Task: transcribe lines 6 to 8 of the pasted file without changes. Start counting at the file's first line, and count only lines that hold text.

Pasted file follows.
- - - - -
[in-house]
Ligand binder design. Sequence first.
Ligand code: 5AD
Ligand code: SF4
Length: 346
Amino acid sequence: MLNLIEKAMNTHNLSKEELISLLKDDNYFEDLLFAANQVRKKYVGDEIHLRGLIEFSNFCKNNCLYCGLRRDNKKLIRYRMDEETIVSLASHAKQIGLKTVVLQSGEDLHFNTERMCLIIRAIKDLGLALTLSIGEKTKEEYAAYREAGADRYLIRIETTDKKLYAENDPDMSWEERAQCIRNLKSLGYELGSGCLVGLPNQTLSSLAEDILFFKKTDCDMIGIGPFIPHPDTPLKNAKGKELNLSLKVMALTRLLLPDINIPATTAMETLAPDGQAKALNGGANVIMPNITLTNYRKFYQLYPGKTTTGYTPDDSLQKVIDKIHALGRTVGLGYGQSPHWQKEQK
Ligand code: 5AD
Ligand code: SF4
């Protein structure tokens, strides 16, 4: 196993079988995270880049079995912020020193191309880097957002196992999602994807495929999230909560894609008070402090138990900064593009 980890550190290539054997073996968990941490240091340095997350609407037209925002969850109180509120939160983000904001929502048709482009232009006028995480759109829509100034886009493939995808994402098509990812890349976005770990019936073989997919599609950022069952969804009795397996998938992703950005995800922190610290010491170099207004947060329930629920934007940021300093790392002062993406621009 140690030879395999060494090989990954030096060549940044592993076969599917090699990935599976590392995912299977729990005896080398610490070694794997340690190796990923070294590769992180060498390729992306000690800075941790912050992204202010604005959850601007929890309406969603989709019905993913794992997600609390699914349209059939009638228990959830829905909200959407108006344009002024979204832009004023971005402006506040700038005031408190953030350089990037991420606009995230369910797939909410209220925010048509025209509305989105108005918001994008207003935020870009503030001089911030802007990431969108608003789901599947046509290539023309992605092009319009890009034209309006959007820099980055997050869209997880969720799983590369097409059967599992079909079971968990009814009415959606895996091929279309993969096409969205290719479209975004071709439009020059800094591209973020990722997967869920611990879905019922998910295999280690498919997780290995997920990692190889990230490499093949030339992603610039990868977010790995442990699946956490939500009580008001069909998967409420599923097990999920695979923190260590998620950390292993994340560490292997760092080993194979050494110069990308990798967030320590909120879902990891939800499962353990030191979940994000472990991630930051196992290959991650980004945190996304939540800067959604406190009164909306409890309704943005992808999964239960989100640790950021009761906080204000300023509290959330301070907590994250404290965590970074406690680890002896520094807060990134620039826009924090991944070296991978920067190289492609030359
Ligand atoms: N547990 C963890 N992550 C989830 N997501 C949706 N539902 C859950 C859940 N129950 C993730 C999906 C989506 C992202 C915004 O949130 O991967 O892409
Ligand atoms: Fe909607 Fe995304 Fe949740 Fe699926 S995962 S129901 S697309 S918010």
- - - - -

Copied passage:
Amino acid sequence: MLNLIEKAMNTHNLSKEELISLLKDDNYFEDLLFAANQVRKKYVGDEIHLRGLIEFSNFCKNNCLYCGLRRDNKKLIRYRMDEETIVSLASHAKQIGLKTVVLQSGEDLHFNTERMCLIIRAIKDLGLALTLSIGEKTKEEYAAYREAGADRYLIRIETTDKKLYAENDPDMSWEERAQCIRNLKSLGYELGSGCLVGLPNQTLSSLAEDILFFKKTDCDMIGIGPFIPHPDTPLKNAKGKELNLSLKVMALTRLLLPDINIPATTAMETLAPDGQAKALNGGANVIMPNITLTNYRKFYQLYPGKTTTGYTPDDSLQKVIDKIHALGRTVGLGYGQSPHWQKEQK
Ligand code: 5AD
Ligand code: SF4